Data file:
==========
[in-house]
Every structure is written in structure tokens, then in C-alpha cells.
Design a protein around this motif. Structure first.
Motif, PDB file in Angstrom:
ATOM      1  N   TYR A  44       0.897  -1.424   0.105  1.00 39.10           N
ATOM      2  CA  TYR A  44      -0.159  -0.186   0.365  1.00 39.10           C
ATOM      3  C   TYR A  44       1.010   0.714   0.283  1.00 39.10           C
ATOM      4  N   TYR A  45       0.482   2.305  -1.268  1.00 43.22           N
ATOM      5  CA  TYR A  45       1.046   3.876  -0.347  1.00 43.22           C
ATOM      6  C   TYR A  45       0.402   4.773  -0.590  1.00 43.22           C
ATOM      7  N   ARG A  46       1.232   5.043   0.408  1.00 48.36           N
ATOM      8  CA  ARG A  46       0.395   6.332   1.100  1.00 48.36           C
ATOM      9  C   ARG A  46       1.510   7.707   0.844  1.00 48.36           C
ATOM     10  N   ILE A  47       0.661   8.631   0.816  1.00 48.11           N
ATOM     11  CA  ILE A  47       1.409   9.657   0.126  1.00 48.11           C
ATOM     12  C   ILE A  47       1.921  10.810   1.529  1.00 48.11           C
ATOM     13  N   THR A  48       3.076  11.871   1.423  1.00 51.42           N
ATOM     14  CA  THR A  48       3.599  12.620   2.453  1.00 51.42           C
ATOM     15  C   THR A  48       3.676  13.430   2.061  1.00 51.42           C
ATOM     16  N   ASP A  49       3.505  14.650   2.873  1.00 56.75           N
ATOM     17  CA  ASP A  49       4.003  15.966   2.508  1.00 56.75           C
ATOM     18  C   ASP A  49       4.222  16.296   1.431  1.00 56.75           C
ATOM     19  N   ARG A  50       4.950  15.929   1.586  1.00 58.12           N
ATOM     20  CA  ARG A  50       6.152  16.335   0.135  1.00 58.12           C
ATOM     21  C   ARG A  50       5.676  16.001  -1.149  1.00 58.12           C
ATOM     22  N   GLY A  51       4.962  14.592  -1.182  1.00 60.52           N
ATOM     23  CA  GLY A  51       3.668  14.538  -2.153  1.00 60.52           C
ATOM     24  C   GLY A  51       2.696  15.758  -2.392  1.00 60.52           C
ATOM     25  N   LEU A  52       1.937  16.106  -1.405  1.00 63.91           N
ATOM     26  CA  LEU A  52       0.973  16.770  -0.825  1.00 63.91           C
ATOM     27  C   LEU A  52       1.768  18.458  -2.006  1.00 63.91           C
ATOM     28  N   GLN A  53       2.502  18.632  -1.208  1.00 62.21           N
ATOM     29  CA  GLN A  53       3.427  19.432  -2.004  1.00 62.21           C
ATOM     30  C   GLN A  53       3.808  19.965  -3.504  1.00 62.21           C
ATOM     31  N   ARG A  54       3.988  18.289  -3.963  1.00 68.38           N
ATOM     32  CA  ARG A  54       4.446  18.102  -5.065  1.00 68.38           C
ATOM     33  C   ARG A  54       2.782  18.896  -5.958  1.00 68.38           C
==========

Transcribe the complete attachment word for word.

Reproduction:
[in-house]
Every structure is written in structure tokens, then in C-alpha cells.
Design a protein around this motif. Structure first.
Motif, PDB file in Angstrom:
ATOM      1  N   TYR A  44       0.897  -1.424   0.105  1.00 39.10           N
ATOM      2  CA  TYR A  44      -0.159  -0.186   0.365  1.00 39.10           C
ATOM      3  C   TYR A  44       1.010   0.714   0.283  1.00 39.10           C
ATOM      4  N   TYR A  45       0.482   2.305  -1.268  1.00 43.22           N
ATOM      5  CA  TYR A  45       1.046   3.876  -0.347  1.00 43.22           C
ATOM      6  C   TYR A  45       0.402   4.773  -0.590  1.00 43.22           C
ATOM      7  N   ARG A  46       1.232   5.043   0.408  1.00 48.36           N
ATOM      8  CA  ARG A  46       0.395   6.332   1.100  1.00 48.36           C
ATOM      9  C   ARG A  46       1.510   7.707   0.844  1.00 48.36           C
ATOM     10  N   ILE A  47       0.661   8.631   0.816  1.00 48.11           N
ATOM     11  CA  ILE A  47       1.409   9.657   0.126  1.00 48.11           C
ATOM     12  C   ILE A  47       1.921  10.810   1.529  1.00 48.11           C
ATOM     13  N   THR A  48       3.076  11.871   1.423  1.00 51.42           N
ATOM     14  CA  THR A  48       3.599  12.620   2.453  1.00 51.42           C
ATOM     15  C   THR A  48       3.676  13.430   2.061  1.00 51.42           C
ATOM     16  N   ASP A  49       3.505  14.650   2.873  1.00 56.75           N
ATOM     17  CA  ASP A  49       4.003  15.966   2.508  1.00 56.75           C
ATOM     18  C   ASP A  49       4.222  16.296   1.431  1.00 56.75           C
ATOM     19  N   ARG A  50       4.950  15.929   1.586  1.00 58.12           N
ATOM     20  CA  ARG A  50       6.152  16.335   0.135  1.00 58.12           C
ATOM     21  C   ARG A  50       5.676  16.001  -1.149  1.00 58.12           C
ATOM     22  N   GLY A  51       4.962  14.592  -1.182  1.00 60.52           N
ATOM     23  CA  GLY A  51       3.668  14.538  -2.153  1.00 60.52           C
ATOM     24  C   GLY A  51       2.696  15.758  -2.392  1.00 60.52           C
ATOM     25  N   LEU A  52       1.937  16.106  -1.405  1.00 63.91           N
ATOM     26  CA  LEU A  52       0.973  16.770  -0.825  1.00 63.91           C
ATOM     27  C   LEU A  52       1.768  18.458  -2.006  1.00 63.91           C
ATOM     28  N   GLN A  53       2.502  18.632  -1.208  1.00 62.21           N
ATOM     29  CA  GLN A  53       3.427  19.432  -2.004  1.00 62.21           C
ATOM     30  C   GLN A  53       3.808  19.965  -3.504  1.00 62.21           C
ATOM     31  N   ARG A  54       3.988  18.289  -3.963  1.00 68.38           N
ATOM     32  CA  ARG A  54       4.446  18.102  -5.065  1.00 68.38           C
ATOM     33  C   ARG A  54       2.782  18.896  -5.958  1.00 68.38           C